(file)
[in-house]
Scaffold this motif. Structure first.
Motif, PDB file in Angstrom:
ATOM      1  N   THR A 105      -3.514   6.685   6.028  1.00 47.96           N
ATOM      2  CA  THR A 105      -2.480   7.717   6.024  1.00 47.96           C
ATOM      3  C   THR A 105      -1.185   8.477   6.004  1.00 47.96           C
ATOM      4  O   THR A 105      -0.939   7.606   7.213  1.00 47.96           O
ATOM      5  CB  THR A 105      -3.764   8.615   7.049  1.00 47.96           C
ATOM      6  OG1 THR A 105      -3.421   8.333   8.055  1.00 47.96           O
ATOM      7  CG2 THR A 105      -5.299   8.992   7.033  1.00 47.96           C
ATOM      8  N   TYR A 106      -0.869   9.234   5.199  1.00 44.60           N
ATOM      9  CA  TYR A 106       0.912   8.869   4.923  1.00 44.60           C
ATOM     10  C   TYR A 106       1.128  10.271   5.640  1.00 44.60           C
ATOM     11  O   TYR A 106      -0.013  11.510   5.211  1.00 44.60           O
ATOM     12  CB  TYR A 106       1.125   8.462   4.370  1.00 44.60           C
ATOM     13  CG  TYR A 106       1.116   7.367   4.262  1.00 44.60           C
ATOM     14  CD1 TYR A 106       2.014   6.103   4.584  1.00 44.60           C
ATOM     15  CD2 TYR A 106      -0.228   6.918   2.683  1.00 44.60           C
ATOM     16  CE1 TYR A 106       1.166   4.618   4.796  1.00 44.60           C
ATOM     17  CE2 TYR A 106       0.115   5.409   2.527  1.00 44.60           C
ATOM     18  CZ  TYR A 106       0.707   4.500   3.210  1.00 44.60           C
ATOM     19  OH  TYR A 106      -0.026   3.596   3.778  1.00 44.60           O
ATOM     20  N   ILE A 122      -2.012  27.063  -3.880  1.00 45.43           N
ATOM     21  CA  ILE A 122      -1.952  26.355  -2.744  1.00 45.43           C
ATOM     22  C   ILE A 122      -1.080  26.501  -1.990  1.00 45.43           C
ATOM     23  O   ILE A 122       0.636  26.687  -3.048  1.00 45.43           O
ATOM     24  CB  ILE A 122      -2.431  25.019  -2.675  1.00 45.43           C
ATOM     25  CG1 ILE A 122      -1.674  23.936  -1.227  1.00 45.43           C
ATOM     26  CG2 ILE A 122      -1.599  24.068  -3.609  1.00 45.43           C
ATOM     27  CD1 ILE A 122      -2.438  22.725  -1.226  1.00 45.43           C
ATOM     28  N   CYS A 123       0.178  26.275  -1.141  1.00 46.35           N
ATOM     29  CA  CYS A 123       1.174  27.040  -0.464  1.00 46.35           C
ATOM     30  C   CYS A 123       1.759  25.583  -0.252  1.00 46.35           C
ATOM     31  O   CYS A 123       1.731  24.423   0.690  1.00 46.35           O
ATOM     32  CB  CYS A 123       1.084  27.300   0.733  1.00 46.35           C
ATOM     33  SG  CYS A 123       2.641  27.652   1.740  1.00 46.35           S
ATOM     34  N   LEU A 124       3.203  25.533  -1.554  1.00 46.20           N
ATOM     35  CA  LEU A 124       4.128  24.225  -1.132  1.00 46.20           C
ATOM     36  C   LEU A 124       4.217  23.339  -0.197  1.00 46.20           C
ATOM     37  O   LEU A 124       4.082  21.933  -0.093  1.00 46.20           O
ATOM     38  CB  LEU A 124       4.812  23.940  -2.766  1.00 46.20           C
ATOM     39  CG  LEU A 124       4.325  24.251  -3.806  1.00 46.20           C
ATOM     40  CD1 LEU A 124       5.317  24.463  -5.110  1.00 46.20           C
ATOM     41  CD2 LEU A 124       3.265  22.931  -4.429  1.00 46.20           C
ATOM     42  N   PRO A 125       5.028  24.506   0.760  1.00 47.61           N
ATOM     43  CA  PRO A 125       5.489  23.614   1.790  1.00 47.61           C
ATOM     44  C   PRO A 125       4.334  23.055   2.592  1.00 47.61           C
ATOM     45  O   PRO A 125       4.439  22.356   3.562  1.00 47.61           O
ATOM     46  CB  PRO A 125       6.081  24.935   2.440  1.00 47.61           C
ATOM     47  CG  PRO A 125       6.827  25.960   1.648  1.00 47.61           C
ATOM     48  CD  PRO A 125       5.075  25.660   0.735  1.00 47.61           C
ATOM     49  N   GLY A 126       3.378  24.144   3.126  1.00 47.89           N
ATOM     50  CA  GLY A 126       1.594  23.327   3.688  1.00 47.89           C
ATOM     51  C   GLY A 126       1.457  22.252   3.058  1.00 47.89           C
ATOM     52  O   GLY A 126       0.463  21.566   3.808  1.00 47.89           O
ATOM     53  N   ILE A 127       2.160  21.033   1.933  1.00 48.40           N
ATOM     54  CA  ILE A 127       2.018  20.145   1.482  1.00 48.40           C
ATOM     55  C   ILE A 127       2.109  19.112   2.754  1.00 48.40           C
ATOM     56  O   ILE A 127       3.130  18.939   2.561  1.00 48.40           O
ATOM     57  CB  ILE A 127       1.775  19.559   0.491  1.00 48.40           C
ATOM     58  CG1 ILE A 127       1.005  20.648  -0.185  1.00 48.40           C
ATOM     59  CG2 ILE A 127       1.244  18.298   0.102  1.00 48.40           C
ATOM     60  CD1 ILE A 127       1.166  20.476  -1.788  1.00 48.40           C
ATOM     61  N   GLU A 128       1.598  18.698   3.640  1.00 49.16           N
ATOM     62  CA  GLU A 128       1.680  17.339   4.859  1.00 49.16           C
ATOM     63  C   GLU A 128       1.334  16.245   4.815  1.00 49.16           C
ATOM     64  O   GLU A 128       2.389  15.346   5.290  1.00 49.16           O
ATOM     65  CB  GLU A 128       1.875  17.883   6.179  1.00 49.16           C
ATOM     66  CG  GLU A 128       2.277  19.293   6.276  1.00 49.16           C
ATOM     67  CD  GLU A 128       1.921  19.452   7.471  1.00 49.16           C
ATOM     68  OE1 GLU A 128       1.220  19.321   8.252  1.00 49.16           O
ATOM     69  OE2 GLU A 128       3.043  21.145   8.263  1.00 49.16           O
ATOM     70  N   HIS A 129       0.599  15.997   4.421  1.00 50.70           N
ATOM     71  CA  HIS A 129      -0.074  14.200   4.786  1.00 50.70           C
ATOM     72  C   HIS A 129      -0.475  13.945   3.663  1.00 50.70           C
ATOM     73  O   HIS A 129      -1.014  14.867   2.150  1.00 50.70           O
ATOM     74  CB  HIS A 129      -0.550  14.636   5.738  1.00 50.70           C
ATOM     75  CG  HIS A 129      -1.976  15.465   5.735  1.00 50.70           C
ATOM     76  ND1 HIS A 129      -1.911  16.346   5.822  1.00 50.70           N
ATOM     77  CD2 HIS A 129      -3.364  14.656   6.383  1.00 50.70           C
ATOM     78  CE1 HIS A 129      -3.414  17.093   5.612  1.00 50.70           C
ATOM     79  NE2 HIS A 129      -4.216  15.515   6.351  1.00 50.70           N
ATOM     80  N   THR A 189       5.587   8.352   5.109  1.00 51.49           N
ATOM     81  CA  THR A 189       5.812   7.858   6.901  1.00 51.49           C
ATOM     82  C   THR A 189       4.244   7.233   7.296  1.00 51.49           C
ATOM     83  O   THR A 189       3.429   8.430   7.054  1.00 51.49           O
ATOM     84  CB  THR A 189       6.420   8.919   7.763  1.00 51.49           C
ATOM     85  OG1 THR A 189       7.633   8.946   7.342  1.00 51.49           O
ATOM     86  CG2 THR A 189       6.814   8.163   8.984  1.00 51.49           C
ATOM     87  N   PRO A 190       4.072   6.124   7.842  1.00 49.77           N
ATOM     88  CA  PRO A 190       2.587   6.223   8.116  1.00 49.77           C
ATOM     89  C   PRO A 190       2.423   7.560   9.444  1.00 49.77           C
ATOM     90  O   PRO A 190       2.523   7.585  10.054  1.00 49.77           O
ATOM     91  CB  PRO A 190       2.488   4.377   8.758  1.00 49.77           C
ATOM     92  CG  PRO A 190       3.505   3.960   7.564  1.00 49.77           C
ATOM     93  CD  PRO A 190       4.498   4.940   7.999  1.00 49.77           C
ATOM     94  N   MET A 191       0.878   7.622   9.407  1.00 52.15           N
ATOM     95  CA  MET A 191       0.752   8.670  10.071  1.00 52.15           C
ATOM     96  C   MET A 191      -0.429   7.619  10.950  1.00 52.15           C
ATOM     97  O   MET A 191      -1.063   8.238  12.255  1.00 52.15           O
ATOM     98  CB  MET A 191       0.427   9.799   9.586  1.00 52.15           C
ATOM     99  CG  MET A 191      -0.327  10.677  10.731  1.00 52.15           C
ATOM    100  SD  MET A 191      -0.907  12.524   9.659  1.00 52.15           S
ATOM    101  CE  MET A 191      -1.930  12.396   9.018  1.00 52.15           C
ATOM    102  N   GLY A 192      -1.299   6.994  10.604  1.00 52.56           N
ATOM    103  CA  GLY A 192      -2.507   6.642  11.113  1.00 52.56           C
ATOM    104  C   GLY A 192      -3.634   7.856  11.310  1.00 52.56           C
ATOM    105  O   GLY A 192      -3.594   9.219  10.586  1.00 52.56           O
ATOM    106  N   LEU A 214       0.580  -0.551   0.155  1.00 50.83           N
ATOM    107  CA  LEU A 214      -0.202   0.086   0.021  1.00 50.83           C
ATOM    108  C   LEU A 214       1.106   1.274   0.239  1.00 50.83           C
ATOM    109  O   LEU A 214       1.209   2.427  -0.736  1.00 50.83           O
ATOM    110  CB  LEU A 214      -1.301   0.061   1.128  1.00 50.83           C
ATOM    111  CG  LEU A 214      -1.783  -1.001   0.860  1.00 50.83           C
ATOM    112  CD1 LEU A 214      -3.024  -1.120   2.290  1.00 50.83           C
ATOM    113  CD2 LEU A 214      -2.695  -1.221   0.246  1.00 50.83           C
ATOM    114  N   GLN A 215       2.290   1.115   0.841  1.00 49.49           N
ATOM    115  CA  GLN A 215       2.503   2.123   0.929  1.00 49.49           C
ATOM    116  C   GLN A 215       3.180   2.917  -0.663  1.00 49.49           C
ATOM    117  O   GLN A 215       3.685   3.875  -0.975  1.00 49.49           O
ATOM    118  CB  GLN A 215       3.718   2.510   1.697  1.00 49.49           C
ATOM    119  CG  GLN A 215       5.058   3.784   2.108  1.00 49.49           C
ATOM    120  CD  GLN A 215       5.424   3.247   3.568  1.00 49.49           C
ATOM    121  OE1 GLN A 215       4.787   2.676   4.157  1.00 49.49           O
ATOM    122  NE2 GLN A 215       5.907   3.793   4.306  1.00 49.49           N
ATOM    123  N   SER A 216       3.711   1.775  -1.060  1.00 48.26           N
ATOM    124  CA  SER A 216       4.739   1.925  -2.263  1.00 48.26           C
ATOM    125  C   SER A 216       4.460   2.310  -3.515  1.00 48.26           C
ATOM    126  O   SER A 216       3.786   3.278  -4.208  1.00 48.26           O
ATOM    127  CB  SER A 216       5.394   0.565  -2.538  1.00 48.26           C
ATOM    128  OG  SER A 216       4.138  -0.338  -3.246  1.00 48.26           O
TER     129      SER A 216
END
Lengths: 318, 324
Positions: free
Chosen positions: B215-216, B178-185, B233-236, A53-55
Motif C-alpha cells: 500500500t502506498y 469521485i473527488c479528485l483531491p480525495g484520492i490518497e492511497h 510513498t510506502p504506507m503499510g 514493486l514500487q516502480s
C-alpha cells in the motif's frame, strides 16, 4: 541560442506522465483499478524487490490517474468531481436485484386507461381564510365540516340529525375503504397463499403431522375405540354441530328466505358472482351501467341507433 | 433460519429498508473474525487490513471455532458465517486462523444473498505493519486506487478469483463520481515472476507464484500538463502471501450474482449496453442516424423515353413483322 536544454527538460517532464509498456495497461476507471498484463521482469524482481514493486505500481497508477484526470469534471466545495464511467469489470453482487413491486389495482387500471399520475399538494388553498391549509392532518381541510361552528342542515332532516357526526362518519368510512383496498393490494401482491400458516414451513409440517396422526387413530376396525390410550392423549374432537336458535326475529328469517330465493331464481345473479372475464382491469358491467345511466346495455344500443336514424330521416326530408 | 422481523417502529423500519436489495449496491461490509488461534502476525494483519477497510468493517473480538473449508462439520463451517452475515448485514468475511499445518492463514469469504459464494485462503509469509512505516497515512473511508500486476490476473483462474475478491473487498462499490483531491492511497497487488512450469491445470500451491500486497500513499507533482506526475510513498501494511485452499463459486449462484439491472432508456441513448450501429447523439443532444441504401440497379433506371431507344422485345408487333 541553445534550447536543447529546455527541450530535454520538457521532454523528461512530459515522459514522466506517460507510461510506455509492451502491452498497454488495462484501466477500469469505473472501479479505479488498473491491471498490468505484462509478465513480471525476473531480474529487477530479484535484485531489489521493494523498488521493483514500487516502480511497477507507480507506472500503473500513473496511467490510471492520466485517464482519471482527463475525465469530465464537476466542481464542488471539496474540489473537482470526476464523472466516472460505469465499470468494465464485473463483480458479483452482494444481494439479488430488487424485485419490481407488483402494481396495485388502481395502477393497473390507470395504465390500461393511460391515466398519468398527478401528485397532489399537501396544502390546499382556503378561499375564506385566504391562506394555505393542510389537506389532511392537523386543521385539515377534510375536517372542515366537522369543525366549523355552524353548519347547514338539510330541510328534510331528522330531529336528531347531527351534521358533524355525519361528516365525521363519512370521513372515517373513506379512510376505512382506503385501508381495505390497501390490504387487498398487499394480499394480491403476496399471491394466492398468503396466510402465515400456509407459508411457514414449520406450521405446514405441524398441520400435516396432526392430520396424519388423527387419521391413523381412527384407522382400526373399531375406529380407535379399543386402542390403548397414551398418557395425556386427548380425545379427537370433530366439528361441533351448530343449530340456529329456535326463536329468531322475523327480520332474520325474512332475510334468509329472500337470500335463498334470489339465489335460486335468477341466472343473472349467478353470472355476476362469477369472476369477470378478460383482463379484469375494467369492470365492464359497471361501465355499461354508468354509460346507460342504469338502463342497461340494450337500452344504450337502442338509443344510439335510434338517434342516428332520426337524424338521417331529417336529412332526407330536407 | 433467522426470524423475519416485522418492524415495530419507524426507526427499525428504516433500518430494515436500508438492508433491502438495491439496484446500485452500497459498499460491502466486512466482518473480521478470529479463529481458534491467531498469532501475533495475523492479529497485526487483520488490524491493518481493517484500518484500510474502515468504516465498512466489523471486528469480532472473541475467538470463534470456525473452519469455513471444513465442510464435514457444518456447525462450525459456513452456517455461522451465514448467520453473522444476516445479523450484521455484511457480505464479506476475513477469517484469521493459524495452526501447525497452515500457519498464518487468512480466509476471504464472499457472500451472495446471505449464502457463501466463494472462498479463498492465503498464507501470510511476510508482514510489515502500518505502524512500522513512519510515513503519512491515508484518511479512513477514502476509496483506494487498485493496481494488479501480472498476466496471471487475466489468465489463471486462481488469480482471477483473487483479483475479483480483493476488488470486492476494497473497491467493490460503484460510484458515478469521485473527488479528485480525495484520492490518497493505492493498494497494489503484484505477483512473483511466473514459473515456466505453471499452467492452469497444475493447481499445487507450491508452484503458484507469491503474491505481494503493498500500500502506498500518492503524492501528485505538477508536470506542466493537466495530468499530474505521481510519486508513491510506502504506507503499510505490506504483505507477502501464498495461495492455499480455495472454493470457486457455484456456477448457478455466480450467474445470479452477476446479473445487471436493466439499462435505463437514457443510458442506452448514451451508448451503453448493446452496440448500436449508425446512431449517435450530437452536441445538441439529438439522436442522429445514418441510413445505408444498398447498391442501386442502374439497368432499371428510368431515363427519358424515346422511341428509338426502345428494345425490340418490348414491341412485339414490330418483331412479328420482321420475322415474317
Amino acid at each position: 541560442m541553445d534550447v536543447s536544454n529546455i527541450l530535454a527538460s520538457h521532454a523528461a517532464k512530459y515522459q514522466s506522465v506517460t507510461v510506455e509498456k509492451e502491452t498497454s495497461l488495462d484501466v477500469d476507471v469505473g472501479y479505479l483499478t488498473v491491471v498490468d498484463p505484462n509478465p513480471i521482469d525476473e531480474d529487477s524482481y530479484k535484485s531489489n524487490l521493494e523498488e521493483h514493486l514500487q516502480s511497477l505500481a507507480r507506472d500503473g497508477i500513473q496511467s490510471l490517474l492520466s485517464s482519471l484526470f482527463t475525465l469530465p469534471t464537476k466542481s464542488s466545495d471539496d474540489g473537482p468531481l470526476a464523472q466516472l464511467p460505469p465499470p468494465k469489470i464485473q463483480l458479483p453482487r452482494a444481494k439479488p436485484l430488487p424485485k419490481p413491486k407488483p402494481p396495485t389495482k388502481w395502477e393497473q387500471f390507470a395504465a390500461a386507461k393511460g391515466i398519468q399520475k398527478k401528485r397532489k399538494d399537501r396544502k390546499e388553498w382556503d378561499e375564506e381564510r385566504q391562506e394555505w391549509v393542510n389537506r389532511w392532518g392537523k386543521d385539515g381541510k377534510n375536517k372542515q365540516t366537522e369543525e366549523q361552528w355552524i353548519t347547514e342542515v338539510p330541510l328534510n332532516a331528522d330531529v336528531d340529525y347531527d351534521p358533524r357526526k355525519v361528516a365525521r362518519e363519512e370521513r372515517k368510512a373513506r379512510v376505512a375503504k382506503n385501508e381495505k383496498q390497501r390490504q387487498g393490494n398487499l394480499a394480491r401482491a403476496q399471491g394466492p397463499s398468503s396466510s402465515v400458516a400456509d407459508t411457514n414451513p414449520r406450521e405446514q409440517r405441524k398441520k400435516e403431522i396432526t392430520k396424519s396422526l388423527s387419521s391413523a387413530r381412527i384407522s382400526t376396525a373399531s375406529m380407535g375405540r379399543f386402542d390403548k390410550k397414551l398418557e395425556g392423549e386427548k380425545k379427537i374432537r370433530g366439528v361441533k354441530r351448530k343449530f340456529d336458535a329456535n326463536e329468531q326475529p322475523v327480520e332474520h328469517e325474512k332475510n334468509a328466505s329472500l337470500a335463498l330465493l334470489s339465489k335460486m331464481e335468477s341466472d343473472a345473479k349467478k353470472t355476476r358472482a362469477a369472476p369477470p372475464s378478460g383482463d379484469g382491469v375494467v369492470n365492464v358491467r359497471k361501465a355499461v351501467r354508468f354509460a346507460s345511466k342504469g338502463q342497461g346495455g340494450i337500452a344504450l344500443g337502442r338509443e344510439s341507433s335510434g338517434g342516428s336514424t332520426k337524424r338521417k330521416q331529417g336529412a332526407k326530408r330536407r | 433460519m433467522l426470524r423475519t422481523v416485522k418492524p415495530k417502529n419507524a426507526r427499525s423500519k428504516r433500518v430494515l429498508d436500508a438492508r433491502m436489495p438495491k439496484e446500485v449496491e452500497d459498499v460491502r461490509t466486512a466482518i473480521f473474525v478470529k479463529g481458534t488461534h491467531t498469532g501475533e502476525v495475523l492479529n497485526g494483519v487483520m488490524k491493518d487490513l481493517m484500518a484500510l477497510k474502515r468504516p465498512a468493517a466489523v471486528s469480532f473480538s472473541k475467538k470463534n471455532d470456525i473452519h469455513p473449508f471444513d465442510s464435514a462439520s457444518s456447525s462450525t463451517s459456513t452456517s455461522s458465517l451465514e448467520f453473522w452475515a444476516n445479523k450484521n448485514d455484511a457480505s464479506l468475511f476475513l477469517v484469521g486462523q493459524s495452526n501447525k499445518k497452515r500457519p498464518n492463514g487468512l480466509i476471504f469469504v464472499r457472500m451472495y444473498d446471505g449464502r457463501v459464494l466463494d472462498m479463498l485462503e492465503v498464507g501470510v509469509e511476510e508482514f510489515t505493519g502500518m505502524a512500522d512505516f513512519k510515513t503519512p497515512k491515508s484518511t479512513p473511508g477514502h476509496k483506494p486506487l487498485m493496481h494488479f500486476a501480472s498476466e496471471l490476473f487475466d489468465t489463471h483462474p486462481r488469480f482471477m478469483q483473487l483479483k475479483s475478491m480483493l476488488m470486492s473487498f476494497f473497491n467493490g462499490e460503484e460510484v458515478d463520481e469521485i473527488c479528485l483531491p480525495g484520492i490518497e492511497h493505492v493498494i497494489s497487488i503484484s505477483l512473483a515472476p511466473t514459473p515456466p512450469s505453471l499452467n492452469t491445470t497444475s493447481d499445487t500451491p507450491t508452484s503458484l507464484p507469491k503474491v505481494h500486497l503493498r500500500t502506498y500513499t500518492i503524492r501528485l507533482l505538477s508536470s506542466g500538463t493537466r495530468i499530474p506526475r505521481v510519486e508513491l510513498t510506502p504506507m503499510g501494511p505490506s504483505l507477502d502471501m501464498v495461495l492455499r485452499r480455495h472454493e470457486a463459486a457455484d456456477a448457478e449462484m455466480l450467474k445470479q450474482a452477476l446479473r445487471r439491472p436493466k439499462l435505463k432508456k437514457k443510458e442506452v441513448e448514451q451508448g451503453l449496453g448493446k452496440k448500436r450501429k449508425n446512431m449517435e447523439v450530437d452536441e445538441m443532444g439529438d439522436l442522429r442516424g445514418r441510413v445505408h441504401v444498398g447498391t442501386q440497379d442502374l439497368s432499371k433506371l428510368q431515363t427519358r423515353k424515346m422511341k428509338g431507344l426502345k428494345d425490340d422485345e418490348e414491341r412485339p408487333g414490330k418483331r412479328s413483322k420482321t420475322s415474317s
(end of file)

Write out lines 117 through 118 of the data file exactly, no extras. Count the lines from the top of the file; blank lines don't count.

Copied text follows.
ATOM    114  N   GLN A 215       2.290   1.115   0.841  1.00 49.49           N
ATOM    115  CA  GLN A 215       2.503   2.123   0.929  1.00 49.49           C